What is the future of film photography?

Discussion in 'Film Discussion and Q & A' started by IanWilliams, Apr 7, 2010.

  1. IanWilliams

    IanWilliams TPF Noob!

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    OK, Here goes. This is not a debate as to which medium is best. It is simply a thread to establish where the future of film photography lies. I am a mature student at NESCOT, near Epsom in Surrey, coming to the end of a foundation degree in photography and for my extended study essay, I have decided to investigate what the future of film photography holds in the 21st century digital age, so any thoughts and opinions will be very gratefully received.

    For your information, I very much prefer film photography and shoot with a Mamiya 7 and Hasselblad XPan, as well as a Shen Hao 54 camera. Although it was digital that re-ignited my passion in photography it is film that really inspires me, so much so that I have sold pretty much all of my digital gear except my Panasonic GF-1. I also work for a Canon Pro dealer and Phase One retailer, and even being surrounded by this technology I really feel most comfortable with a film camera as my companion!

    Please let me know your thoughts on the destiny of film photography. For example, is it worth the investment of perhaps several hundreds, even thousands, of pounds in film equipment? Are there future advances to be made in film emulsions and papers? Is film photography still a viable proposition in the commercial arena? Which medium do you prefer (film or digital, and why?)? Are there more advances to be made in scanning and/or printing?

    I look forward to your replies.

    Regards

    Ian
     
  2. SoonerBJJ

    SoonerBJJ TPF Noob!

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    The future is bright.

    This question has been beaten to death. No offense.
     
  3. DScience

    DScience No longer a newbie, moving up!

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    NO future.
     
  4. Derrel

    Derrel Mr. Rain Cloud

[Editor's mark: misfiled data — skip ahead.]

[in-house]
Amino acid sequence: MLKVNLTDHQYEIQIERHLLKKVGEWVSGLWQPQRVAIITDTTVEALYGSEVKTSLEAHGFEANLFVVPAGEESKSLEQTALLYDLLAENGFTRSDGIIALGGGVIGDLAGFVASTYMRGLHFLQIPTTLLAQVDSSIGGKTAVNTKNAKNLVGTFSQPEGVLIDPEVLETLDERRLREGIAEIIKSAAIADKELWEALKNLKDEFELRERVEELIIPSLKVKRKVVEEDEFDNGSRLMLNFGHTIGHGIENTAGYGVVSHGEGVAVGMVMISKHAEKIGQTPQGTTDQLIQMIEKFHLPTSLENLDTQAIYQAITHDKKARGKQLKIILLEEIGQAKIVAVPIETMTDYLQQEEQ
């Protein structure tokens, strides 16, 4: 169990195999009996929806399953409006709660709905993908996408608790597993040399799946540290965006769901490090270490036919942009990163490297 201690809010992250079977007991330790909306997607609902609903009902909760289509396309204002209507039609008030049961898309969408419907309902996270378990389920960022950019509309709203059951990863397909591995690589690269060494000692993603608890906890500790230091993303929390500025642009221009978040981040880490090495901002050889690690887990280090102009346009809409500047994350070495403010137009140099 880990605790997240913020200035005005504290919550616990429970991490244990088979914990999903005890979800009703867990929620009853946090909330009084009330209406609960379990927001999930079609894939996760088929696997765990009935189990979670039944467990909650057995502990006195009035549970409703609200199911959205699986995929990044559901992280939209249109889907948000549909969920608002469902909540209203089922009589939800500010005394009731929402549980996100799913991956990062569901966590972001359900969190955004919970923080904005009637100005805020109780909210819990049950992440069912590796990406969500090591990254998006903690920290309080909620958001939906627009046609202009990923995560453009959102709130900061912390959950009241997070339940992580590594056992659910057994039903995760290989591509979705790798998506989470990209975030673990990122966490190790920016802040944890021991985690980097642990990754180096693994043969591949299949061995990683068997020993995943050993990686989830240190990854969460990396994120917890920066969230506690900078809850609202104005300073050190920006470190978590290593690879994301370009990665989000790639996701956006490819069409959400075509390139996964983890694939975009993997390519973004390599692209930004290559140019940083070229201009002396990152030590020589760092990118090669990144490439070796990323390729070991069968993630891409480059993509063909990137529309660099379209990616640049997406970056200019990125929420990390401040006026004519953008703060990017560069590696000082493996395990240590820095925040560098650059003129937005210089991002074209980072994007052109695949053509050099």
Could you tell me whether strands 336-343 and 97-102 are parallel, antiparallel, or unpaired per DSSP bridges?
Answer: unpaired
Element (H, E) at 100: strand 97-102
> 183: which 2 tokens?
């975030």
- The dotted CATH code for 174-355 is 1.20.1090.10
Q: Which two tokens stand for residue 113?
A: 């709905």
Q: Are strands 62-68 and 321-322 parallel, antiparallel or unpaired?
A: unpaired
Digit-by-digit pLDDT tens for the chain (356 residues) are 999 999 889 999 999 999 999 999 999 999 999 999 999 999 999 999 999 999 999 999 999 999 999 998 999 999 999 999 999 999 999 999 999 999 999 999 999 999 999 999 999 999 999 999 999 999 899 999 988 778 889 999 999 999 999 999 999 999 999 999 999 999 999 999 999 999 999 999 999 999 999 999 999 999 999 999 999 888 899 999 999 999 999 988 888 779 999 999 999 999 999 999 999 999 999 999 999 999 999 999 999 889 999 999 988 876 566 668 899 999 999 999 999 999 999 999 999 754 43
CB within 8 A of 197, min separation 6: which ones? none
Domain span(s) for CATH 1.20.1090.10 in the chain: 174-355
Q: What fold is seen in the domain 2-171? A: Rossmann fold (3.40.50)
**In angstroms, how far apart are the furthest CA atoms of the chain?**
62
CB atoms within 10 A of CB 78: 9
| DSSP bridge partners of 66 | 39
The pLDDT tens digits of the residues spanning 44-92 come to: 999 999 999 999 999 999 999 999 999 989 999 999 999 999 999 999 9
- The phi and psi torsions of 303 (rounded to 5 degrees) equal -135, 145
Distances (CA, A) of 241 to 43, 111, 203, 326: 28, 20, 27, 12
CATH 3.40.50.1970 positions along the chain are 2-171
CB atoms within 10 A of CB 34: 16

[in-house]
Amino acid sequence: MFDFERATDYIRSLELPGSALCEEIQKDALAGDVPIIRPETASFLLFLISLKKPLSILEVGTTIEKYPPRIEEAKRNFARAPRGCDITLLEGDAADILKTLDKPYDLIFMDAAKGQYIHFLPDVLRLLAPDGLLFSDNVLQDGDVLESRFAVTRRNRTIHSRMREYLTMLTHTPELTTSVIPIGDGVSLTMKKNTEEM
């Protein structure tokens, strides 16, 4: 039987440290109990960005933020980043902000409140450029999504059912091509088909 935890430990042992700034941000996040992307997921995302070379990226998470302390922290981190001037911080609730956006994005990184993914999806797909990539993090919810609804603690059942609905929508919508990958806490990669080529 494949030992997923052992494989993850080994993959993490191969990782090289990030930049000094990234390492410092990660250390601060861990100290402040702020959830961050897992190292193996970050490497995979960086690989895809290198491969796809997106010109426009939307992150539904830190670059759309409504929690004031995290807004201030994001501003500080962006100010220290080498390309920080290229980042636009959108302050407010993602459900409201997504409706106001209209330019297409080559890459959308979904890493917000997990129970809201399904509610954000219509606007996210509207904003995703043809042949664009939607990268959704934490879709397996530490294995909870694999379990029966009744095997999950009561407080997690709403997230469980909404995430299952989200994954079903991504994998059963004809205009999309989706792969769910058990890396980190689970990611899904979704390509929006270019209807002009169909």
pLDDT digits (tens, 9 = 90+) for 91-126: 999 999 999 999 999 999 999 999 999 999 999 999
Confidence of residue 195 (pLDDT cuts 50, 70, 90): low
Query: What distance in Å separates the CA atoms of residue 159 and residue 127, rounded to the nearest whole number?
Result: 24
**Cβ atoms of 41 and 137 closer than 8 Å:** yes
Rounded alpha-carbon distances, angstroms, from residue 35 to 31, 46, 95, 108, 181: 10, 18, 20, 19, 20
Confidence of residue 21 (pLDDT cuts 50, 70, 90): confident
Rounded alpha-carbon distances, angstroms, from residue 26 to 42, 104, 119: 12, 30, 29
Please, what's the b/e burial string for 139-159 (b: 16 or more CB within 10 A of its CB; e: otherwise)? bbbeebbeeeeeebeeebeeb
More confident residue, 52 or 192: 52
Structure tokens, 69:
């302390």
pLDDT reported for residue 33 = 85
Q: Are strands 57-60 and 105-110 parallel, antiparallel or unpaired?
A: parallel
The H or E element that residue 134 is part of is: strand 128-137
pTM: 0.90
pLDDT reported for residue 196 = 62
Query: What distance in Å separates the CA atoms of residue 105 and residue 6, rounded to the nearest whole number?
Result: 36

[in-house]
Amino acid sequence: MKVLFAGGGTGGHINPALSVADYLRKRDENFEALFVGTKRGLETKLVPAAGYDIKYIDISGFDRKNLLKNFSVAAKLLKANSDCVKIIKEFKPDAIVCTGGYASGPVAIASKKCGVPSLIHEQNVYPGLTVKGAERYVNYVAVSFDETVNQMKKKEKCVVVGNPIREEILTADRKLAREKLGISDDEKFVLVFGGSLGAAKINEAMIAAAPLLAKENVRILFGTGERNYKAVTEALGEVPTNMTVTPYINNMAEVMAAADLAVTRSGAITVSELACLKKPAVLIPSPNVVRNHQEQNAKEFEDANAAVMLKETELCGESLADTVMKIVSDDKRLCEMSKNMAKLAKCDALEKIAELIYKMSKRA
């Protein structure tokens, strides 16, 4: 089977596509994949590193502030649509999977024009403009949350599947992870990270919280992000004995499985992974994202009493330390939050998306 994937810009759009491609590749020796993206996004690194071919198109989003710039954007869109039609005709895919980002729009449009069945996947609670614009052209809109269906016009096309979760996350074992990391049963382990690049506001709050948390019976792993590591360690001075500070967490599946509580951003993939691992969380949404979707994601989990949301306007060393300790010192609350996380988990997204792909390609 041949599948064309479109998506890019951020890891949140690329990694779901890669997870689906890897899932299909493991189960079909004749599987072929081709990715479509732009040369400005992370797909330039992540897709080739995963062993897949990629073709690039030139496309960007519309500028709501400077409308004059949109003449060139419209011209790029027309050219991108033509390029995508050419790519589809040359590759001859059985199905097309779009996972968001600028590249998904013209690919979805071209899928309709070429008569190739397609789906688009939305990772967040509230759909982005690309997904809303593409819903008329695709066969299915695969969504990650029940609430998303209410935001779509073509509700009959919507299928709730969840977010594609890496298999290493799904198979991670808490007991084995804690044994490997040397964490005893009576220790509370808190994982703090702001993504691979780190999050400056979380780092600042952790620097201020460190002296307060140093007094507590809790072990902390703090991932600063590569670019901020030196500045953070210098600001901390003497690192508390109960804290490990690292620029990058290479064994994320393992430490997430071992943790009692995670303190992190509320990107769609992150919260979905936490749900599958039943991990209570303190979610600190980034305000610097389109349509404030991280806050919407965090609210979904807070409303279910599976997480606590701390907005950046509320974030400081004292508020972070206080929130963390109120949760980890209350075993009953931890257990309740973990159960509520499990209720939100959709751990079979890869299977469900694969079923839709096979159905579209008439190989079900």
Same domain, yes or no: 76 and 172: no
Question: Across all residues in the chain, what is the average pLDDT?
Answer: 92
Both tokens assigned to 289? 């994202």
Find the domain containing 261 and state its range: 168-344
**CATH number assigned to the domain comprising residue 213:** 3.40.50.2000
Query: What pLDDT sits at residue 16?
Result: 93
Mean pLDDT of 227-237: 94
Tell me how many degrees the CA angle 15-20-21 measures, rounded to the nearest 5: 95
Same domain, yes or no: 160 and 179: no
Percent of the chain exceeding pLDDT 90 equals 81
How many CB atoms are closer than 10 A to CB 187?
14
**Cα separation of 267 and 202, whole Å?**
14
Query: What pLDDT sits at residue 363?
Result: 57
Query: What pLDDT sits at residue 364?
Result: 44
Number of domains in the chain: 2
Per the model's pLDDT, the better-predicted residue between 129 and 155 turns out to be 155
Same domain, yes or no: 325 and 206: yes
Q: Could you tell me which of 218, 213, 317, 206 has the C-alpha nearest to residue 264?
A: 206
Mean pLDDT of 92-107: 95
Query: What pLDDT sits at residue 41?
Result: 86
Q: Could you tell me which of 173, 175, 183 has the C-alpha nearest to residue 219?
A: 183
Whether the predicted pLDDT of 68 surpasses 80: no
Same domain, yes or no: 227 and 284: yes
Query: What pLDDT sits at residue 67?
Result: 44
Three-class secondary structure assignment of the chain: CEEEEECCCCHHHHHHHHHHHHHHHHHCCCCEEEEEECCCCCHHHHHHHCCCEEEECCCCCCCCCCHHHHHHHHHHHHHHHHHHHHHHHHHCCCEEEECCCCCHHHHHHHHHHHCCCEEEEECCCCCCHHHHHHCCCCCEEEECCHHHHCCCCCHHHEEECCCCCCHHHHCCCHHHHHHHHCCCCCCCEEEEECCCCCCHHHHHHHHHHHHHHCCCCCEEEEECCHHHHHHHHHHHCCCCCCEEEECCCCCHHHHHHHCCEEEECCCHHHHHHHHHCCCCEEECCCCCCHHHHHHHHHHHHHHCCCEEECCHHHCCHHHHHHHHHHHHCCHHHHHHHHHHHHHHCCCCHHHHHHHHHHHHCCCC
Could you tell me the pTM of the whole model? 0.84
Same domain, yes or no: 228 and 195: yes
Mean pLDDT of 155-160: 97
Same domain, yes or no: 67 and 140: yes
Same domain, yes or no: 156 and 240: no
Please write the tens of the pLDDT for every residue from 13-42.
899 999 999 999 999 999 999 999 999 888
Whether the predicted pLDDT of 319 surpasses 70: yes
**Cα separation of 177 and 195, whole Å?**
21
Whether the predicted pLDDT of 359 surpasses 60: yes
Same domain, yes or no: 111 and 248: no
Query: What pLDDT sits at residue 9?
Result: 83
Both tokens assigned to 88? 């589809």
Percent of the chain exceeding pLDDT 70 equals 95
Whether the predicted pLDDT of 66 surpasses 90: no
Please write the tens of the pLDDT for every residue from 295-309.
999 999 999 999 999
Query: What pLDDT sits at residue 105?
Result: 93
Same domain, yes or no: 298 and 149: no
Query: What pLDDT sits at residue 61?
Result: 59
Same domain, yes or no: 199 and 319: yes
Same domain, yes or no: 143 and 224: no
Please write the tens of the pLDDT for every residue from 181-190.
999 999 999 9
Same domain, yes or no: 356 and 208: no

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    You know how the Society For Creative Anachronisms sponsors Renaissance fairs and modern-day jousting competitions? That's the sort of long-term future I see for film and film photography enthusiasts. It's not that long dresses and corsets for women are inadequate clothing, nor that long poles wielded by horsemen are inadequate battle weapons, or that ale that is brewed and sold only by the barrel,and dispensed by the mug or cup at taverns an inns is wholly inadequate for many people. Some things have been with our culture for centuries--the corset, the long dress, ale, ale mugs, taverns and inns. But over the centuries *certain things* have been replaced entirely,or almost entirely, by newer, cheaper, or more expedient methods or items. Like the lance or modern spear as a battle weapon; it died out in the 1860's as the "pike" in the American Civil War, after a long, long and illustrious battle career. School children used to practice their Three R's on individual slates--today they use paper. Pens used to be made exclusively of bird quills; then the metal nib revolutionized hand writing, followed many decades later by the fountain pen--no more dipping every 5-8 letters!!! Then, the ball-point pen replaced the fountain pen over a period of a few decades. The point, and I make it in total seriousness, is that film photography's future is that of a small-scale, niche activity within the larger society as a whole. I am most emphatically not saying that film photography will disappear, but that its use will become very uncommon among the majority of the populace, replaced by a newer technology--just like the fountain pen was replaced by the ball-point pen, or beer sold in cans and bottles vastly outsells the volume of beer sold in keg form. And so on. It's not impossible to buy a keg of one's favorite beer these days, but it is **hugely** more convenient to stop by a supermarket or mom n pop shop and buy a six-pack of 12 ounce bottles or 16 ounce cans.